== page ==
The Soviet doctrine of ambush attacks, SAM system mobility, clever use of emission control and decoys, camouflage of SAM sites, and the use of supporting electronic warfare assets was abandoned by the Syrians completely. Hurley’s summary of Syrian behaviour in the Winter 1989 issue of Air Power Journal is perhaps the best summary:

“Syrian SAM operators also invited disaster upon themselves. Their Soviet equipment was generally regarded as quite good Syrian handling of it was appalling.

As noted by Lt Gen Leonard Perroots, director of the US Defense Intelligence Agency, “ The Syrians used mobile missiles in a fixed configuration they put the radars in the valley instead of the hills because they didn't want to dig latrines -- seriously. ” The Syrian practice of stationing mobile missiles in one place for several months allowed Israeli reconnaissance to determine the exact location of the missiles and their radars, giving the IAF a definite tactical advantage on the eve of battle. Even so, the Syrians might have been able to avoid the complete destruction of their SAM complex had they effectively camouflaged their sites instead, they used smoke to “hide” them, which actually made them easier to spot from the air. It is ironic that the Syrians, who have been criticized for their strict adherence to Soviet doctrine, chose to ignore the viable doctrine that emphasizes the utility of maneuver and camouflage. According to a 1981 article in Soviet Military Review, alternate firing positions, defensive ambushes, regular repositioning of mobile SAMs to confuse enemy intelligence, and the emplacement of dummy SAM sites are fundamental considerations for the effective deployment and survivability of ground-based air defenses.”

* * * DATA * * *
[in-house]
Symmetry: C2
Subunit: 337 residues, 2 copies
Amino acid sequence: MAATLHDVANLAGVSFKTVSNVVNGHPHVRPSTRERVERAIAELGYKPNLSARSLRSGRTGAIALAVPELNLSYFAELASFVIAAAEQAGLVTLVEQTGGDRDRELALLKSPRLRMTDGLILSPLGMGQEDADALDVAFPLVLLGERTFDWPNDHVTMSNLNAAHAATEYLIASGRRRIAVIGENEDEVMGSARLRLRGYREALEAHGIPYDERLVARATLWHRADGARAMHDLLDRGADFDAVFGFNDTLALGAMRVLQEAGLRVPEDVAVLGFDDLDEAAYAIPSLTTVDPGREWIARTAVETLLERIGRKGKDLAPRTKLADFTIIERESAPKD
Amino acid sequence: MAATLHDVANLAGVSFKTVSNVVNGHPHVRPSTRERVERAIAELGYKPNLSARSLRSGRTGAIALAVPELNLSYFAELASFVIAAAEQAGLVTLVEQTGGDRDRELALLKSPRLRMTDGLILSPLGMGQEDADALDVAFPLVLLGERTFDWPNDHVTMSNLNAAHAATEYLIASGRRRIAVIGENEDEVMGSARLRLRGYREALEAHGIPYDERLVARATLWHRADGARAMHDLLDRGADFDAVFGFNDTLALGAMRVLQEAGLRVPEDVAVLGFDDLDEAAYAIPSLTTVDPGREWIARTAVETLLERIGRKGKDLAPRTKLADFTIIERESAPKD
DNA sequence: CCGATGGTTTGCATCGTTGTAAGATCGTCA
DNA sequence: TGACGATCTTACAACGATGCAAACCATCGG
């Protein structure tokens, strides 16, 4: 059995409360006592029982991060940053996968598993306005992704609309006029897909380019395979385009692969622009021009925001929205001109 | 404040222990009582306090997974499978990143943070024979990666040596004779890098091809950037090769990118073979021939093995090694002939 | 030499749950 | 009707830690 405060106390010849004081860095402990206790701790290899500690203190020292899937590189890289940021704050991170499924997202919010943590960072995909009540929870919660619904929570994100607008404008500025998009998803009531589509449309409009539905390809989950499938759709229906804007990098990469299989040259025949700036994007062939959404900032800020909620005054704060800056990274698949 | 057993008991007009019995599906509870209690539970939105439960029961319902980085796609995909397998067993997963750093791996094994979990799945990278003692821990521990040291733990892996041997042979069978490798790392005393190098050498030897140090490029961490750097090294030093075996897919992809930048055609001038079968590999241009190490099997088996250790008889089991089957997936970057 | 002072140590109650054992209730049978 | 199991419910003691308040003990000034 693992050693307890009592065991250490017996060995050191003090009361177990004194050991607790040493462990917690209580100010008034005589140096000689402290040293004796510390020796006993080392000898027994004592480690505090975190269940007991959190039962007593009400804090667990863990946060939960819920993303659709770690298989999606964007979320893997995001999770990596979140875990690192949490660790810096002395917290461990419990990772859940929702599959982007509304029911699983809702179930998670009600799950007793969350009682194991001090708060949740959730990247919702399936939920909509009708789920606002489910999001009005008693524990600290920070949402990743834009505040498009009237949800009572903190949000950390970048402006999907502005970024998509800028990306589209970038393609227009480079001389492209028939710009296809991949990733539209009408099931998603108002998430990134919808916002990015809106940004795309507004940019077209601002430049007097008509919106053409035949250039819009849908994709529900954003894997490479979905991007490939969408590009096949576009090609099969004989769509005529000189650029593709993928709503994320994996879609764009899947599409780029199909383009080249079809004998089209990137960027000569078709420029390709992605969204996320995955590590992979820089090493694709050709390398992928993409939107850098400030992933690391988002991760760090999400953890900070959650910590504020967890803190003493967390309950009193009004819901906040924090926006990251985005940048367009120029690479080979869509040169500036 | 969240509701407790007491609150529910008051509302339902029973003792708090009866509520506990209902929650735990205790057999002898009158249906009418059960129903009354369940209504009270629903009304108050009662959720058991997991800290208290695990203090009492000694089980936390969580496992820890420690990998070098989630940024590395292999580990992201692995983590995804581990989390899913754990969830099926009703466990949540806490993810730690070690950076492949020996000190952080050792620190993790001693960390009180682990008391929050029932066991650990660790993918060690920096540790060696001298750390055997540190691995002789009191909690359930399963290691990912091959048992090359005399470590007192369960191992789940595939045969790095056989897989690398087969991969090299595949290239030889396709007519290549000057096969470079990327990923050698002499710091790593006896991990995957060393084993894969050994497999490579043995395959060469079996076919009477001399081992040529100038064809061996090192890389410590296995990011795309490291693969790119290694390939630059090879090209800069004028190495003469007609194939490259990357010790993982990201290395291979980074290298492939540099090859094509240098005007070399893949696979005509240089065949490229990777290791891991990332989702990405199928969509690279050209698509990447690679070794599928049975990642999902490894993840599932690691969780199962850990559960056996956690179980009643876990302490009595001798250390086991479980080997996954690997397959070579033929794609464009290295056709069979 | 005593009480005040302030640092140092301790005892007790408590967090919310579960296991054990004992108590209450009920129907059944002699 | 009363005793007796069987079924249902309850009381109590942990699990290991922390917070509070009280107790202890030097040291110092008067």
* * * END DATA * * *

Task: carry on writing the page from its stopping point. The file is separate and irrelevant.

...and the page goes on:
The 1982 Bekaa Valley debacle was repeated on a much larger scale in January, 1991, when US led Coalition air forces annihilated Saddam’s SAM defences, the decisive blows inflicted in the first few hours. While that campaign is well documented in detail elsewhere, like the 1982 campaign, large scale use was made of anti-radiation missiles, support jamming, and precision weapons. The deployment pattern of Saddam’s forces also differed little, with few batteries attempting to exploit any inherent mobility in their systems, and often undisciplined emissions permitting easy location, targeting and attack. The composition of Saddam’s SAM force comprised much the same SA-2, SA-3, SA-6, SA-8 and SA-9 SAM systems, supplemented by some modern French supplied Thales Roland SAMs and Tiger series radars.